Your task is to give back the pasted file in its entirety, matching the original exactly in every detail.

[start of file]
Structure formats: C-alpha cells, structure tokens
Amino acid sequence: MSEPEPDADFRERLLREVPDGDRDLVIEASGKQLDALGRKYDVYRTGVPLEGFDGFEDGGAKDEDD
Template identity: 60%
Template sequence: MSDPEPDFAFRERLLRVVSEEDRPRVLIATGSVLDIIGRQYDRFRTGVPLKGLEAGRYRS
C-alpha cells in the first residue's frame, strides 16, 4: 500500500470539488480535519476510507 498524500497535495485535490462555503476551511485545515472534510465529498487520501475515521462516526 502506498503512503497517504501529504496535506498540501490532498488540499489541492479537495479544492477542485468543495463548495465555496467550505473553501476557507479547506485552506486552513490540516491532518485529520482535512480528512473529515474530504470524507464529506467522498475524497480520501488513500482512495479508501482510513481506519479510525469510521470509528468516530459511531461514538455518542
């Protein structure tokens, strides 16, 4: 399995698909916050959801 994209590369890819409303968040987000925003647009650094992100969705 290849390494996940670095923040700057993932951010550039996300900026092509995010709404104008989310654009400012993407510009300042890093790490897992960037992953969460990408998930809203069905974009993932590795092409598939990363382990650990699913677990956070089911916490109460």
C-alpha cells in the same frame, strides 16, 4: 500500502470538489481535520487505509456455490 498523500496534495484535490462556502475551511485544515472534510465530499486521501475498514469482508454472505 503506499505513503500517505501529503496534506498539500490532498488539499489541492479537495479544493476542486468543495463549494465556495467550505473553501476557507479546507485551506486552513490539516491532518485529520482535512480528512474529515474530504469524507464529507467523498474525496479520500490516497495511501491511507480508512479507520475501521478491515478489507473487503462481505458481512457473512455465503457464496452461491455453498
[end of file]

Structure formats: C-alpha cells, structure tokens
Amino acid sequence: MSEPEPDADFRERLLREVPDGDRDLVIEASGKQLDALGRKYDVYRTGVPLEGFDGFEDGGAKDEDD
Template identity: 60%
Template sequence: MSDPEPDFAFRERLLRVVSEEDRPRVLIATGSVLDIIGRQYDRFRTGVPLKGLEAGRYRS
C-alpha cells in the first residue's frame, strides 16, 4: 500500500470539488480535519476510507 498524500497535495485535490462555503476551511485545515472534510465529498487520501475515521462516526 502506498503512503497517504501529504496535506498540501490532498488540499489541492479537495479544492477542485468543495463548495465555496467550505473553501476557507479547506485552506486552513490540516491532518485529520482535512480528512473529515474530504470524507464529506467522498475524497480520501488513500482512495479508501482510513481506519479510525469510521470509528468516530459511531461514538455518542
């Protein structure tokens, strides 16, 4: 399995698909916050959801 994209590369890819409303968040987000925003647009650094992100969705 290849390494996940670095923040700057993932951010550039996300900026092509995010709404104008989310654009400012993407510009300042890093790490897992960037992953969460990408998930809203069905974009993932590795092409598939990363382990650990699913677990956070089911916490109460």
C-alpha cells in the same frame, strides 16, 4: 500500502470538489481535520487505509456455490 498523500496534495484535490462556502475551511485544515472534510465530499486521501475498514469482508454472505 503506499505513503500517505501529503496534506498539500490532498488539499489541492479537495479544493476542486468543495463549494465556495467550505473553501476557507479546507485551506486552513490539516491532518485529520482535512480528512474529515474530504469524507464529507467523498474525496479520500490516497495511501491511507480508512479507520475501521478491515478489507473487503462481505458481512457473512455465503457464496452461491455453498